The Meningococcal Vaccine
What You Need to Know
- What is meningococcal disease?
- The meningococcal vaccine
- Who should get the meningococcal vaccine and when?
- Some people should not get the meningococcal vaccine or should wait
- What are the risks from meningococcal vaccines?
- What if there is a moderate or severe reaction?
- What is the national vaccine injury compensation program?
- How can I learn more?
What is Meningococcal Disease?
Meningococcal disease is a serious bacterial illness. It is a leading cause of bacterial meningitis in children 2 through 18 years old in the United States. Meningitis is an infection of the fluid surrounding the brain and spinal cord. Meningococcal disease also causes blood infections.
About 1,000 - 2,600 people get meningococcal disease each year in the U.S. Even when they are treated with antibiotics, 10-15% of these people die. Of those who survive, another 11-19% lose their arms or legs, become deaf, have problems with their nervous systems, become mentally retarded, or suffer seizures or strokes.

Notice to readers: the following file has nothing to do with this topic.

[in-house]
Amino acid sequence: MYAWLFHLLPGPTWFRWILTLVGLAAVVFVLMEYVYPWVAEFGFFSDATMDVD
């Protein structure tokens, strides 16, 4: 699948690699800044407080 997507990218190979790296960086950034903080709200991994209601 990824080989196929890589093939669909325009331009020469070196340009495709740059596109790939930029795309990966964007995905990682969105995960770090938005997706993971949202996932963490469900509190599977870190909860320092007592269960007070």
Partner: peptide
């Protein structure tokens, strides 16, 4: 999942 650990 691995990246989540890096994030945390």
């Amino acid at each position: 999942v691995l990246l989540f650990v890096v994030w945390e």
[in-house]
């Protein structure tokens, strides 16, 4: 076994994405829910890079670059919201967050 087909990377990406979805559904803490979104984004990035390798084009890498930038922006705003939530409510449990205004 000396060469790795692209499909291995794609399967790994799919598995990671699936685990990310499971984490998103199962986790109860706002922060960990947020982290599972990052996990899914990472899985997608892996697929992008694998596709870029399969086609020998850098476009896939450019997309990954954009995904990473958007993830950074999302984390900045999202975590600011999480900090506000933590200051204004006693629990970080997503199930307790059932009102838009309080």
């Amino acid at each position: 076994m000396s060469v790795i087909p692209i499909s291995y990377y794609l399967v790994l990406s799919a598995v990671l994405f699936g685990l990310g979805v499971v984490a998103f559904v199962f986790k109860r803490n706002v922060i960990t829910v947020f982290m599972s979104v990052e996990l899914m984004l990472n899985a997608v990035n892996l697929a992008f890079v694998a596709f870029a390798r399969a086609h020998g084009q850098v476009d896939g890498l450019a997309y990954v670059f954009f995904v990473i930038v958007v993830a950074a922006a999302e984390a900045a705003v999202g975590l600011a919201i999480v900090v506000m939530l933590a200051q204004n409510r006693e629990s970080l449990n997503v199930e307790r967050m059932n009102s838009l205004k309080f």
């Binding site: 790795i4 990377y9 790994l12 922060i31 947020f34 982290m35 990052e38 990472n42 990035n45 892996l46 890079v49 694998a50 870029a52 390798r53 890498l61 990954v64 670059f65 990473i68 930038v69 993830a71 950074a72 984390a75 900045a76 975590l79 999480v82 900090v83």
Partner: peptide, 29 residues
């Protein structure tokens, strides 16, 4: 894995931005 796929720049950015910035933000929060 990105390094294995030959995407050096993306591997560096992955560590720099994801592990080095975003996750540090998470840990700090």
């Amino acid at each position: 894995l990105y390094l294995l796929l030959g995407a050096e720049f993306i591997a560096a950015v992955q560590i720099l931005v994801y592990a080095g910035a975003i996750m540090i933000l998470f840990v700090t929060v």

Anyone can get meningococcal disease. But it is most common in infants less than one year of age and people with certain medical conditions, such as lack of a spleen. College freshmen who live in dormitories, and teenagers 15-19 have an increased risk of getting meningococcal disease.
Meningococcal infections can be treated with drugs such as penicillin. Still, about 1 out of every ten people who get the disease dies from it, and many others are affected for life. This is why preventing the disease through use of meningococcal vaccine is important for people at highest risk.
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